Pseudoeurycea obesa is classified as "Critically Endangered" by the IUCN Red List. The sole locality from which the species is known is situated amongst degraded cloud forest fragments that continue to be deforested. Its discovery in this altered habitat and under rocks among road-side talus could suggest a degree of resilience to habitat alteration, but population trends and its long-term tolerance to ongoing pressures remain unknown (IUCN 2016).

The species was given an Environmental Vulnerability Score of 18 (out of 19) based on its highly confined distribution and the degree of specialization of its putative reproductive mode, suggesting a very high vulnerability to environmental degradation (Wilson et al. 2013; Johnson et al. 2017). In the absence of demographic data, model predictions incorporating life-history traits and environmental threat levels suggest that P. obesa is most likely decreasing (Quintero et al. 2014).

Relation to Humans
There are no records on human use of the species.

Possible reasons for amphibian decline

General habitat alteration and loss
Habitat modification from deforestation, or logging related activities

Comments
Pseudoeurycea obesa is part of the wider P. leprosa group. In a phylogenetic analysis based on both mitochondrial genome fragments and several nuclear loci, P. obesa was consistently recovered as the sister taxon to P. werleri. Based on the concatenated data, these two species were in turn placed as sister taxa to a clade consisting of P. orchileucos and P. orchimelas (Rovito et al. 2015). Using a denser taxon coverage, a more recent analysis based on only two mitochondrial loci indicated that P. obesa and P. werleri are most closely related to P. mystax and P. conanti (Cázares-Hernández et al. 2022).

The species epithet refers to the general more robust body shape of the species in comparison to other Pseudoeurycea species (Parra-Olea et al. 2005).

References
Cázares-Hernández, E., Jimeno-Sevilla, H.D., Rovito, S.M., López-Luna, M.A., and Canseco-Márquez, L. (2022). A new arboreal Pseudoeurycea (Caudata: Plethodontidae) from the Sierra de Zongolica, Veracruz, Mexico. Vertebrate Zoology, 72, 937–950. [link]

IUCN SSC Amphibian Specialist Group. (2016) Pseudoeurycea obesa. The IUCN Red List of Threatened Species 2016: e.T61909A53989532. https://dx.doi.org/10.2305/IUCN.UK.2016-3.RLTS.T61909A53989532.en. Accessed on 23 November 2023.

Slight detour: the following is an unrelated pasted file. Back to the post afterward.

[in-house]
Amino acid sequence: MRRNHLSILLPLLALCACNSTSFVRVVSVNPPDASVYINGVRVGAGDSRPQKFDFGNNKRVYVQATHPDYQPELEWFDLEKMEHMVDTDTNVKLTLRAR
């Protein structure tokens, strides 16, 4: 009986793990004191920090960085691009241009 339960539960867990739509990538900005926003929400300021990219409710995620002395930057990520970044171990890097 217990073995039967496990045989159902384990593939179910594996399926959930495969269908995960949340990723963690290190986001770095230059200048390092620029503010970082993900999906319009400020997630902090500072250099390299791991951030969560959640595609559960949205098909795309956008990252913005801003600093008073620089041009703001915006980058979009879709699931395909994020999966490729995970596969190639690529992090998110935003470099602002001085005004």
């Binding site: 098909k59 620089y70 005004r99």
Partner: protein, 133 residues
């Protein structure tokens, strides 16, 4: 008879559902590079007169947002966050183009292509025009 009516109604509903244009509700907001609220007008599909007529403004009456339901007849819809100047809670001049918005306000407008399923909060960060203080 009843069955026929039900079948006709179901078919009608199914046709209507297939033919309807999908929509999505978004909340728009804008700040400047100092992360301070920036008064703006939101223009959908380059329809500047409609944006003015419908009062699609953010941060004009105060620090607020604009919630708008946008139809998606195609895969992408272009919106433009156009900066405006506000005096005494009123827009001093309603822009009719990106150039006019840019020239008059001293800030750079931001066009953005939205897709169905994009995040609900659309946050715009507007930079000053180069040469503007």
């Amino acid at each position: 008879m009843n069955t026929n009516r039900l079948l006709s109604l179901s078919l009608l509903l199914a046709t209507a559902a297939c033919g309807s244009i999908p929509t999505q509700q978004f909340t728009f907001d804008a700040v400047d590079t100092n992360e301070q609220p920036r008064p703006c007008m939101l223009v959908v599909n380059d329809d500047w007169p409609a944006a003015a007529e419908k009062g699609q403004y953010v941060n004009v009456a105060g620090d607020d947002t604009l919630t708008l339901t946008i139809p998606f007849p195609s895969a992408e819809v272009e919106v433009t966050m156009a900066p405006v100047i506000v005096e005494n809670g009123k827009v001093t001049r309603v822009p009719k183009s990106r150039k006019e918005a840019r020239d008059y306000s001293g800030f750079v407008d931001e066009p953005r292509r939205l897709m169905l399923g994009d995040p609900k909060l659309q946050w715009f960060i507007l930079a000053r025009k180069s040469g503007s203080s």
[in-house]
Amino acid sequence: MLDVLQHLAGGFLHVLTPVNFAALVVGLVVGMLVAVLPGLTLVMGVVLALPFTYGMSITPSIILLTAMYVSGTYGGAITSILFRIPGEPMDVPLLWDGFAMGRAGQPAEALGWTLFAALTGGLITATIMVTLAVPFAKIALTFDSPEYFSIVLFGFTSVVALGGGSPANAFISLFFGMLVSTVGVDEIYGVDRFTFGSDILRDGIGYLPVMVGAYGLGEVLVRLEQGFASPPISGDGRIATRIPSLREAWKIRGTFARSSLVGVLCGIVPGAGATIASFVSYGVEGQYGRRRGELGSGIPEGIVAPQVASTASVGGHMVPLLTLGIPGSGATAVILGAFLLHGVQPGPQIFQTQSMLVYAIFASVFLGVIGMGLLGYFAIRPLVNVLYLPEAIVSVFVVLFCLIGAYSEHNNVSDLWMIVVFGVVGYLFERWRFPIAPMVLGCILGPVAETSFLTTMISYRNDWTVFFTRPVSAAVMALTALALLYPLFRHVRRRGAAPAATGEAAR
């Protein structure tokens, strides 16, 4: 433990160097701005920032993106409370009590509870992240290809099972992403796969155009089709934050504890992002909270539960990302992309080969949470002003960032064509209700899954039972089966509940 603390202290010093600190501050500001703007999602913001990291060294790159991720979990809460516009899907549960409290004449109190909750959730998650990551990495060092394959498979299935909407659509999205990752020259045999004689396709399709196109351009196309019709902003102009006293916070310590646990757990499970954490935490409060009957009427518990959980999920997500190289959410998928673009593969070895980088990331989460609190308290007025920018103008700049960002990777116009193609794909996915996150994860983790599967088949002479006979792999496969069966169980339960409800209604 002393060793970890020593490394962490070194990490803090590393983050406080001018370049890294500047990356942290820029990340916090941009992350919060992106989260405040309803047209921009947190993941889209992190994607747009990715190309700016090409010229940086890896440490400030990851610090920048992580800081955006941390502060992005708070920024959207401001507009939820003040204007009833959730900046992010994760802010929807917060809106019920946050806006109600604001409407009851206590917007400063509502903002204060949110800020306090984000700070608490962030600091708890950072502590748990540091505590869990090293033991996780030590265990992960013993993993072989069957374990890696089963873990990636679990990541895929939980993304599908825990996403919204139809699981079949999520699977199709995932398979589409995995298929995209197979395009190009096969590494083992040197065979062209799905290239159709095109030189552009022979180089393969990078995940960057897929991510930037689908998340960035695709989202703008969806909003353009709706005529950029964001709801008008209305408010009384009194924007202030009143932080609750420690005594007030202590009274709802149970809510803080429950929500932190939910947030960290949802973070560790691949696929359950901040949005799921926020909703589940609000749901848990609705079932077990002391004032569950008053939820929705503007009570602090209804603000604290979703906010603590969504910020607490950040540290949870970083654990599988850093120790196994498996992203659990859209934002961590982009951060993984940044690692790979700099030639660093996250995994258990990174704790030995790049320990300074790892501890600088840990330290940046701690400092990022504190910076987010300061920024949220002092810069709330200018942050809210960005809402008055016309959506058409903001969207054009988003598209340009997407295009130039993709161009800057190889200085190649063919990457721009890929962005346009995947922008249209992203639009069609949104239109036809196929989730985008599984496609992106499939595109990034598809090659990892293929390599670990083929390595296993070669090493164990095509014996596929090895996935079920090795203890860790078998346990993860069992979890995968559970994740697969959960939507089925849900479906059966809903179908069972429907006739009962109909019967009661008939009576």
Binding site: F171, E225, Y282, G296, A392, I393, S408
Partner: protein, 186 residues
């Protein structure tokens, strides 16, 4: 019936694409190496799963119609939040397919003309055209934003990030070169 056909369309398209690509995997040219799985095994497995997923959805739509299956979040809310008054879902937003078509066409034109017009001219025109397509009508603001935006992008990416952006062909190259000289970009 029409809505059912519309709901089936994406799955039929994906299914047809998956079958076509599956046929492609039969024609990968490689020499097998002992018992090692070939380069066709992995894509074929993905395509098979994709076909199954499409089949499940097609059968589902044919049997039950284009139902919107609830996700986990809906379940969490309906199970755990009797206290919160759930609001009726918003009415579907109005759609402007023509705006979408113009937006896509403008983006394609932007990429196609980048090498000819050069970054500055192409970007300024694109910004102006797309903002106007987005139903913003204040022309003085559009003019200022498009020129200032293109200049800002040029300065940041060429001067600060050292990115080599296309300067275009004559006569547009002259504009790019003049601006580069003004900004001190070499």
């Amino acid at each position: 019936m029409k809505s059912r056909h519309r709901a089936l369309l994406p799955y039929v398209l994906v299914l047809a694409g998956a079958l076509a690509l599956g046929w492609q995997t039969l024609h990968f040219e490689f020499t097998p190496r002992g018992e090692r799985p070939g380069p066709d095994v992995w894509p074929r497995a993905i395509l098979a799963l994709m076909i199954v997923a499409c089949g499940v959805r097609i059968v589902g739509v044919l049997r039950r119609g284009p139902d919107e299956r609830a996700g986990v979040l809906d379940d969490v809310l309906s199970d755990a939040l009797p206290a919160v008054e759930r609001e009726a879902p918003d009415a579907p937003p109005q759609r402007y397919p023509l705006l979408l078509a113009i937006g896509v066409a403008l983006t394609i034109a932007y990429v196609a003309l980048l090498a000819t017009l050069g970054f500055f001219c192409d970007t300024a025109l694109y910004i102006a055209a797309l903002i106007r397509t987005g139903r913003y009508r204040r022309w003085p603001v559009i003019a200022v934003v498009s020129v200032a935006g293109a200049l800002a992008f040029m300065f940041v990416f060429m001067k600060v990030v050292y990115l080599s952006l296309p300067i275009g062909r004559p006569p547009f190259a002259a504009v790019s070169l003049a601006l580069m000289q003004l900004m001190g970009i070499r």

Johnson, J. D., Wilson L.D., Mata-Silva V., García-Padilla E., and DeSantis, D.L. (2017). The endemic herpetofauna of Mexico: organisms of global significance in severe peril. Mesoamerican Herpetology, 4, 544–620. [link]

Mata-Silva, V., García-Padilla, E., Rocha, A., DeSantis, D.L., Johnson, J.D., Ramírez-Bautista, A., and Wilson, L.D. (2021). A reexamination of the herpetofauna of Oaxaca, Mexico: composition update, physiographic distribution, and conservation commentary. Zootaxa, 4996, 201–252. [link]

Parra-Olea, G., García París, M., Hanken, J., and Wake, D.B. (2005). Two new species of Pseudoeurycea (Caudata: Plethodontidae) from the mountains of northern Oaxaca. Copeia, 2005(3), 461–469. [link]

Quintero, E., Thessen, A.E., Arias-Caballero, P., and Ayala-Orozco, B. (2014) A statistical assessment of population trends for data deficient Mexican amphibians. PeerJ, 2, e703. [link]

Rovito, S.M., Parra-Olea, G., Recuero, E., and Wake, D.B. (2015). Diversification and biogeographic history of Neotropical plethodontid salamanders. Zoological Journal of the Linnean Society, 175(1), 167–188. [link]

Wilson, L.D., Johnson, J.D., and Mata-Silva, V. (2013). A conservation reassessment of the amphibians of Mexico based on the EVS measure. Amphibian and Reptile Conservation, 7(1), 97–127(e69). [link]



Originally submitted by: Jesse Erens (2023-11-27)
Description by: Jesse Erens (updated 2023-11-27)
Distribution by: Jesse Erens (updated 2023-11-27)
Life history by: Jesse Erens (updated 2023-11-27)
Larva by: Jesse Erens (updated 2023-11-27)
Trends and threats by: Jesse Erens (updated 2023-11-27)
Relation to humans by: Jesse Erens (updated 2023-11-27)
Comments by: Jesse Erens (updated 2023-11-27)

Edited by: Ann T. Chang (2023-11-27)

Species Account Citation: AmphibiaWeb 2023 Pseudoeurycea obesa: Ridge Tail Salamander <https://amphibiaweb.org/species/6530> University of California, Berkeley, CA, USA. Accessed Apr 12, 2024.



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Citation: AmphibiaWeb. 2024. <https://amphibiaweb.org> University of California, Berkeley, CA, USA. Accessed 12 Apr 2024.